You may have heard that women prefer certain traits in men, depending on their menstrual cycles. For the longest time, I believed this was the case.
This hypothesis, the good genes ovulatory shift hypothesis (GGOSH) states that when fertile, women prefer men who display traits that increase chances of survival. Traits like
aggression and confidence should appear more attractive compared to when a woman was not fertile.
However, when a study from the University of Göttingen tested this hypothesis, they found that this was not the case.
157 straight females between the ages of 18 and 35 watched videos showing a man getting to know a woman, without the women being in the shot. They then rated the man’s level of attractiveness for a short-term sexual relationship and for a long-term relationship in four separate sessions.
Hormones and levels of fertility were measured through saliva samples and highly sensitive urine ovulation tests.
The data revealed some interesting pieces of information. When fertile, women find all men more attractive, regardless of their behaviour. This is different from what was expected, since previous research suggested that men displaying certain traits would be found more
attractive than others.
The study also found that men displaying behaviours such as competitiveness and flirtiness were preferred for short-term sexual relationships, but not so much for long-term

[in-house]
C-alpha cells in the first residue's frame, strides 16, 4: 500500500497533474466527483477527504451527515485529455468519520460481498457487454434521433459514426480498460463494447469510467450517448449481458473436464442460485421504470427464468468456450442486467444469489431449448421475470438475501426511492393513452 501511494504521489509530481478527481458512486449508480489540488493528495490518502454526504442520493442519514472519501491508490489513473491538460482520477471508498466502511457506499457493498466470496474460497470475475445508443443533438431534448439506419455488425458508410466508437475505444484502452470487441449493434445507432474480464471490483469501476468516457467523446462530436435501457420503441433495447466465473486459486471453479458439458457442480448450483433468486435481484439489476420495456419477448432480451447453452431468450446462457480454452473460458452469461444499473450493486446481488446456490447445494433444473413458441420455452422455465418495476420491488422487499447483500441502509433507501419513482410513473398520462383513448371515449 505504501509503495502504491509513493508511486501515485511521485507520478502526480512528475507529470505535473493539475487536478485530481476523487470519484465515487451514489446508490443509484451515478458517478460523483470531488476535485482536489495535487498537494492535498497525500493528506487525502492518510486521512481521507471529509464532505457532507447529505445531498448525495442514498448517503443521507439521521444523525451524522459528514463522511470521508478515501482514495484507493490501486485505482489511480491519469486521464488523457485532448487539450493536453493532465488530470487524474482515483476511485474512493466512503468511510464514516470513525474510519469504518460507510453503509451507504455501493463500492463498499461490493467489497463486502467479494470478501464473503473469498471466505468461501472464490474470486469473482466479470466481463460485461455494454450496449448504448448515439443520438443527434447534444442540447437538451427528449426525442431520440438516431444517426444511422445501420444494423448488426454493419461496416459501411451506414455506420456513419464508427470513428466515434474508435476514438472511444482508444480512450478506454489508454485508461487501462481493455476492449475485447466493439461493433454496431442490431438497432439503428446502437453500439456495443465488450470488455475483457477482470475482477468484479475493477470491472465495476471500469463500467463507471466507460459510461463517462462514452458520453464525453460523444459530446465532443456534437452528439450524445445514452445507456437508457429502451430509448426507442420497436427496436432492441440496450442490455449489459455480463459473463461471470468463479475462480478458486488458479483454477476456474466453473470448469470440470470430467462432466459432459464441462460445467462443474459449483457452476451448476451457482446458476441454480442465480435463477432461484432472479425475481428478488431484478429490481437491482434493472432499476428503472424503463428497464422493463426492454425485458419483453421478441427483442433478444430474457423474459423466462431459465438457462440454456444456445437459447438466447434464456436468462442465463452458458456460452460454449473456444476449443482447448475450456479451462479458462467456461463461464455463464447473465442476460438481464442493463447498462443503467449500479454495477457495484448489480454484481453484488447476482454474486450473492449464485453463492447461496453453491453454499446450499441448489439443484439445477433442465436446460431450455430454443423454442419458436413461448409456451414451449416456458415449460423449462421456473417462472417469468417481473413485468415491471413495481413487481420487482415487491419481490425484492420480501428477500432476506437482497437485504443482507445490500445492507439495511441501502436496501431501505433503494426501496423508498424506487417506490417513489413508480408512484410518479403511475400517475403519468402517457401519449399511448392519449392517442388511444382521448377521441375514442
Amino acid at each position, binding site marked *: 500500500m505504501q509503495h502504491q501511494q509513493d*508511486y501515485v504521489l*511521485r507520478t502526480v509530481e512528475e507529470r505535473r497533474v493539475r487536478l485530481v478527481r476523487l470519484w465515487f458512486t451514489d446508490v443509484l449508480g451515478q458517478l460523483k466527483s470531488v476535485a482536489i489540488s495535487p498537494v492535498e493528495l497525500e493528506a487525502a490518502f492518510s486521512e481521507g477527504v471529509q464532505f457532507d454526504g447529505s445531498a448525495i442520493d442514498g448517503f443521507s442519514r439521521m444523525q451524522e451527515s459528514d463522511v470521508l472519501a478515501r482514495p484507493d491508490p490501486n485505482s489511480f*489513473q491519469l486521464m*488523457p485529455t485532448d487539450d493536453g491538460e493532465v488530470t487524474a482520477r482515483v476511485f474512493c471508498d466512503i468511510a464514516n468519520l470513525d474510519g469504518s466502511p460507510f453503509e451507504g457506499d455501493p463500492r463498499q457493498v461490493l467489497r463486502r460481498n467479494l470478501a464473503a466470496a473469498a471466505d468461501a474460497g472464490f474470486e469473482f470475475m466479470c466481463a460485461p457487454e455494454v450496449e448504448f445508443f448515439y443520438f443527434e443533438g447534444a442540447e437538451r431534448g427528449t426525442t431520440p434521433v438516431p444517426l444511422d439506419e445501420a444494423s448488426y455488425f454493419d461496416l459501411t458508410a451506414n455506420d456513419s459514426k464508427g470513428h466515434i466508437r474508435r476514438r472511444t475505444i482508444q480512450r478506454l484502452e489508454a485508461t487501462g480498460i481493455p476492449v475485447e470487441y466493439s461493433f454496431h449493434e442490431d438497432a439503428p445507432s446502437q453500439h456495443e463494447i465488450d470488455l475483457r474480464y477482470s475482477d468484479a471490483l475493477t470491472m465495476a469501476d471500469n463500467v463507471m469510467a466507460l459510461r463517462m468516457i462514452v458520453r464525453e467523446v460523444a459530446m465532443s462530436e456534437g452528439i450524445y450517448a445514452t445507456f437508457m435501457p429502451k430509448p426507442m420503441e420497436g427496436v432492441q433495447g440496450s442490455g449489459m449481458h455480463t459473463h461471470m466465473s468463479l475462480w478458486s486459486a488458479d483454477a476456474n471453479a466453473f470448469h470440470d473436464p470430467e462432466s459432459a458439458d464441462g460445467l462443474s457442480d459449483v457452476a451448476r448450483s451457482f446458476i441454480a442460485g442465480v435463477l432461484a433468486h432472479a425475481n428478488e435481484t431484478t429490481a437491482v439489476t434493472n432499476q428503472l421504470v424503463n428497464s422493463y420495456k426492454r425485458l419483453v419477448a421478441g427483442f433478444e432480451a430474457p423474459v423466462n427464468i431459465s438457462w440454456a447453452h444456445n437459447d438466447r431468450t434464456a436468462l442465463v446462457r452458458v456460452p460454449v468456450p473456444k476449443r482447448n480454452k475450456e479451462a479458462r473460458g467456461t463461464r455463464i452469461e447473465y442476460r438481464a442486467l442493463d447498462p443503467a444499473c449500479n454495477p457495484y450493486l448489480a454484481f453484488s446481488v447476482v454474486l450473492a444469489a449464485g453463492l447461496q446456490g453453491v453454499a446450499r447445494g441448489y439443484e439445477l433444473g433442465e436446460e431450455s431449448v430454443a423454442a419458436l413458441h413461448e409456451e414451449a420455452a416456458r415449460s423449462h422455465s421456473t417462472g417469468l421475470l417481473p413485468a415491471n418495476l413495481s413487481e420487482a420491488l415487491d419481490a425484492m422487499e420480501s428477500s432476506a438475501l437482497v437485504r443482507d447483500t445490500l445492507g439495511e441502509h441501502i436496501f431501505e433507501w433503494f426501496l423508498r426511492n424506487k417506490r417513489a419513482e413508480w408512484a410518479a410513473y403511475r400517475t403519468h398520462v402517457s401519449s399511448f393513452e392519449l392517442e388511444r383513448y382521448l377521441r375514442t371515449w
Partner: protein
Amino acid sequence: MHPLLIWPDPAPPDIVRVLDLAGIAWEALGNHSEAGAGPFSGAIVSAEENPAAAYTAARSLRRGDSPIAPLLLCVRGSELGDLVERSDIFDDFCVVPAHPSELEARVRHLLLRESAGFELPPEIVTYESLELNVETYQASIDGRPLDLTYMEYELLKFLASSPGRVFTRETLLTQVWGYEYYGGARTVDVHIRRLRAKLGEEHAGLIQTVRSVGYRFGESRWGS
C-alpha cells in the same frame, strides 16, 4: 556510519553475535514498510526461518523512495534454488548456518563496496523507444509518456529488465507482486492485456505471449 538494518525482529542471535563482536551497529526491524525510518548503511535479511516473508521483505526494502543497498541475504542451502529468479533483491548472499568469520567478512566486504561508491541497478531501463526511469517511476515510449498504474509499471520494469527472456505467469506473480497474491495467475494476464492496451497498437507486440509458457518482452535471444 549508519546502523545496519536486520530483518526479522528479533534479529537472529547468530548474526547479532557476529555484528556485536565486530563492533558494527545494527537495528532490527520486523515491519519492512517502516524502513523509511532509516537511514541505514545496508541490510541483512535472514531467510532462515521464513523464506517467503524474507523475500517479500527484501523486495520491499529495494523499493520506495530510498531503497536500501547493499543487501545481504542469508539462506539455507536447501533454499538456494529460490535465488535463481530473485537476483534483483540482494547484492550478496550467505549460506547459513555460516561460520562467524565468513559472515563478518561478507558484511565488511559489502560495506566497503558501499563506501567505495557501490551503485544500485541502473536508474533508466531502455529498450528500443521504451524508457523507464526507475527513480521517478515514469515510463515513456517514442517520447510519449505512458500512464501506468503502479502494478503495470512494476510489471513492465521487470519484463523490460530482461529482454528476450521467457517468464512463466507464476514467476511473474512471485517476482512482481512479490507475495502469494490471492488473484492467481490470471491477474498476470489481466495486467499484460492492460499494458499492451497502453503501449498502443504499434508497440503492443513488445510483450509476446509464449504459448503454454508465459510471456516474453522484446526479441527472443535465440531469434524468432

relationships, but this was not dependent on whether the woman was fertile or not. These results were published in Psychological Science.
“There is a lot of research on women’s mate preferences, so at first we were surprised that we didn’t see the same effects. However, our new results are in line with other recent studies using more rigorous methods than previous studies,” said Dr. Julia Stern from the University of Göttingen’s Institute of Psychology.
“The finding that ratings of attractiveness increase in the fertile phase, independent of men’s behaviour, is new and indicates that women’s mating motivation is likely to be higher in the fertile phase.”
There has been some other research which found that there was not a correlation between hormone levels and the type of men that women found attractive.
Benedict C. Jones from the University of Glasgow said, “We found no evidence that changes in hormone levels influence the type of men women find attractive.”
They also found that oral contraceptives did not interfere with this.
“There has been increasing concern that the birth control pill might disrupt romantic
relationships by altering women‘s mate preferences, but our findings do not provide evidence of this,” said Jones.
So, what exactly makes a man attractive to a woman?
Dr. Lora Adair from Brunel University London answered this question from another
study. “What are women attracted to? Good health and interest. In short, women are interested in men that seem interested in them. Looking ‘easy’ isn’t sexy, reciprocating her interest is.”